My SymiWillSymi remembers Cyprus 07/03/2008, 14:06

For most people who come to Symi, I would guess that the Greece/Cyprus/Turkey “problem” of the past few decades is of no consequence; they are here for a good holiday and to escape the numbing politics that they have to put up with at home. There is nothing at all wrong in this, and Symi is more than able to give them what they want. Turkey sits just across the water with day-trips from Symi, Turkish gulets are prominent in the harbour and off the beaches in the summer months, and the sound of Turkish chatter and music is often to be heard at the harbour-side restaurants. This all adds something positive to the whole “Symi experience”.

I often here it said “Oh, the Greeks hate the Turks” by people back in the UK, as though this were an undeniable truth. Well, it is not. Yes, there are problems, and there is an awful lot of “history” to contend with, but this type of general animosity is not something I have ever come across in Greece. There will always be those Turks who feel that the Dodecanese Islands should be Turkish, and those Greeks who feel that most of Asia Minor should be Greek. Nobody pays these people much attention; their like is found the whole World over. One day, it is to be hoped, Turkey will have done what it needs to do to be accepted into the European Union and it will be more apparent that what we have in common is far more important than what we believe makes us different.

Much of the European press and the politicians that seek to placate it imply that the biggest problem with Turkish membership of the European Union is that the country is a predominantly Islamic nation and that this makes them too different from the rest of Europe. In the Greek press and for all but the most right-wing of the Greek politicians, however, the religion of the Turkish people is irrelevant; the real problems are Turkish Nationalism, Human Rights abuses and more than anything else, the injustice of Turkey’s actions against Cyprus.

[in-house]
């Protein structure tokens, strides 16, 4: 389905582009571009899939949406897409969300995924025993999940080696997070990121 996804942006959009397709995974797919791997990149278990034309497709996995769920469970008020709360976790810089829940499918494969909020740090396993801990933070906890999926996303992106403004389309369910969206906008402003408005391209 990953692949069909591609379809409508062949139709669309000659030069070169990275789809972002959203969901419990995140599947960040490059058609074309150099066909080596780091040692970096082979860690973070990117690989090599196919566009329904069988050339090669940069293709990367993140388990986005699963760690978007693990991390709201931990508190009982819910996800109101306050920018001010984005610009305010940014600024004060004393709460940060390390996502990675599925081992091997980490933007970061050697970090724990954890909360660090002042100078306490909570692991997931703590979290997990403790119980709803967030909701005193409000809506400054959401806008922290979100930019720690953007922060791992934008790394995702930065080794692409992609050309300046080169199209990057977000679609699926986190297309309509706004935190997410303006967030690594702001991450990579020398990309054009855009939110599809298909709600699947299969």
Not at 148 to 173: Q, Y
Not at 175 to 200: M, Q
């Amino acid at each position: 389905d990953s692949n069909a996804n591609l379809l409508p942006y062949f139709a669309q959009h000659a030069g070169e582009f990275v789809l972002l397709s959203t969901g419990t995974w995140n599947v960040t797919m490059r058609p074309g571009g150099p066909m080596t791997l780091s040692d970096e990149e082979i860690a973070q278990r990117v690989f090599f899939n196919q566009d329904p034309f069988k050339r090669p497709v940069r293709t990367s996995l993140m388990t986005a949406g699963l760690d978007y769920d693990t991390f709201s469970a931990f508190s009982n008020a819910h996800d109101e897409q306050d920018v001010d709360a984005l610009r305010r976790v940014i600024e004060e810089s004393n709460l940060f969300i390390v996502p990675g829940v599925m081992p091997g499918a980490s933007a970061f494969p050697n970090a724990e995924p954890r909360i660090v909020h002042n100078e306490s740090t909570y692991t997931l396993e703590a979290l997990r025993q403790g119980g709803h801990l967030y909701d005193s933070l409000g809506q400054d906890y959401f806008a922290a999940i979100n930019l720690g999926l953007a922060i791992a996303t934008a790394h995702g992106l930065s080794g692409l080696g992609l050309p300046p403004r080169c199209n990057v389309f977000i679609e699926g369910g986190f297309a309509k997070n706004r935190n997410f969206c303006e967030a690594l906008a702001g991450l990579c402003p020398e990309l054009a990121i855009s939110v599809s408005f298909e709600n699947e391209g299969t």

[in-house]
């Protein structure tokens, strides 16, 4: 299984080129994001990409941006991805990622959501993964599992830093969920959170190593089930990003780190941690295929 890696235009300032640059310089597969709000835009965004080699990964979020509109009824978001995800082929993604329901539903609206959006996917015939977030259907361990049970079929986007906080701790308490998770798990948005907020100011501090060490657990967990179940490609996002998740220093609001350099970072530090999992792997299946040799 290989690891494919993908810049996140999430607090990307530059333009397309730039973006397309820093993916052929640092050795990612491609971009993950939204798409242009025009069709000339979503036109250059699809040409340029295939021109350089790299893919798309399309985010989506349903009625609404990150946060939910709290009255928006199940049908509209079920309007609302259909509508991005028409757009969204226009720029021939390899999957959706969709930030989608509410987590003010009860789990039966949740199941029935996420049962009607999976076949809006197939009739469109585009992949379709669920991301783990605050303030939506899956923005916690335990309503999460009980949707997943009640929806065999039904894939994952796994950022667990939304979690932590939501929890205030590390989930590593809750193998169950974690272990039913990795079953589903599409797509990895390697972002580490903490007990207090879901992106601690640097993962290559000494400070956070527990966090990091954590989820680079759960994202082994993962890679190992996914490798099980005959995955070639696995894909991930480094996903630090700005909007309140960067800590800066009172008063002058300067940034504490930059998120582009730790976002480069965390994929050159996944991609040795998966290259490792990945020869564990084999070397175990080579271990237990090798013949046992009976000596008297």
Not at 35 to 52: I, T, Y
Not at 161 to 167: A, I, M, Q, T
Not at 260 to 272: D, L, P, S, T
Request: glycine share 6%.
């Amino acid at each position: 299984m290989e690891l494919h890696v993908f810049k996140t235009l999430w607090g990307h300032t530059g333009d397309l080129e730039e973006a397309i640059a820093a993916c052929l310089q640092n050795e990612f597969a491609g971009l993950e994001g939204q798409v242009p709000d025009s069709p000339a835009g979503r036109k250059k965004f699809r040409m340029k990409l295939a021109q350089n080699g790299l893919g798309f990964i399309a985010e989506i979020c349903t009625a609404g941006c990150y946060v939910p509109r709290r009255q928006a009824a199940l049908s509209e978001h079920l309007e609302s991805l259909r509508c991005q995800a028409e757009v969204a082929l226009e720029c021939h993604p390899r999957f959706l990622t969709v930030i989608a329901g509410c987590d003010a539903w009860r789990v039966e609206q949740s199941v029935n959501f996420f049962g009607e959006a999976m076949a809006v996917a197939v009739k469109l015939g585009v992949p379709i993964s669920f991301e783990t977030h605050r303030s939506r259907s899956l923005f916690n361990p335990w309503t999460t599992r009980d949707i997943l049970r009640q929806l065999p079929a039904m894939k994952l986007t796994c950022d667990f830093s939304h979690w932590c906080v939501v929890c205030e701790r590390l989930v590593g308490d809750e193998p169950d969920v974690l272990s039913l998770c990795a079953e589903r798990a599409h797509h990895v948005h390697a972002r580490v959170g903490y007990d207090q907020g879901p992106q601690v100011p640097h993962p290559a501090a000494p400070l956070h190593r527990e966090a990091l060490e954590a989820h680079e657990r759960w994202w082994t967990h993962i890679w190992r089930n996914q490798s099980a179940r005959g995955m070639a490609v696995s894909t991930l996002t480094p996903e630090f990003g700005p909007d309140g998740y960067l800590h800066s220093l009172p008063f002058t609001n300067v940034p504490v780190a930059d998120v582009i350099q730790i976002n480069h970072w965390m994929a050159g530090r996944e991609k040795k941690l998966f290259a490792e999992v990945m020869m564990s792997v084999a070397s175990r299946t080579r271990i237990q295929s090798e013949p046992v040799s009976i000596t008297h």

In July 1974, the Greeks say that “Turkey invaded Cyprus” while the Turks say “Turkey began a Peace Operation in Cyprus”. I have talked with both Greeks and Turks, and have yet to find a single one who disagrees with their country’s official line.

The facts seem to be these; Turkey occupied more than one third of Cyprus in the summer of 1974, displacing hundreds of thousands of people. Today, almost 1600 Greek Cypriots still remain “missing” after the events of 1974 with the Turkish occupiers of the north of the island still failing to provide any information of worth about their fate. Turkey has imported well over a hundred thousand settlers into the occupied north in defiance of UN resolutions, letting them occupy the homes and land of Greek Cypriot families, and skewing the demographics of the island ahead of any negotiations for peace. A peace deal brokered by Kofi Annan in 2004, if it had been passed, would have legitimised some of the Turkish actions and allowed most of the occupied land to have remained in Turkish hands.

I remember watching the Cypriot President, Tassos Papadopoulos, in a live TV broadcast recommending to his people that they reject the Annan Plan that he himself had had such hopes for; the tears flowed down his cheeks as he once more spoke of the betrayal of Cyprus by an international community that refused to admit that Turkey had no excuse for over thirty years of illegality.

If you look, you can find a few examples of the solidarity that Symi has with the people of Cyprus.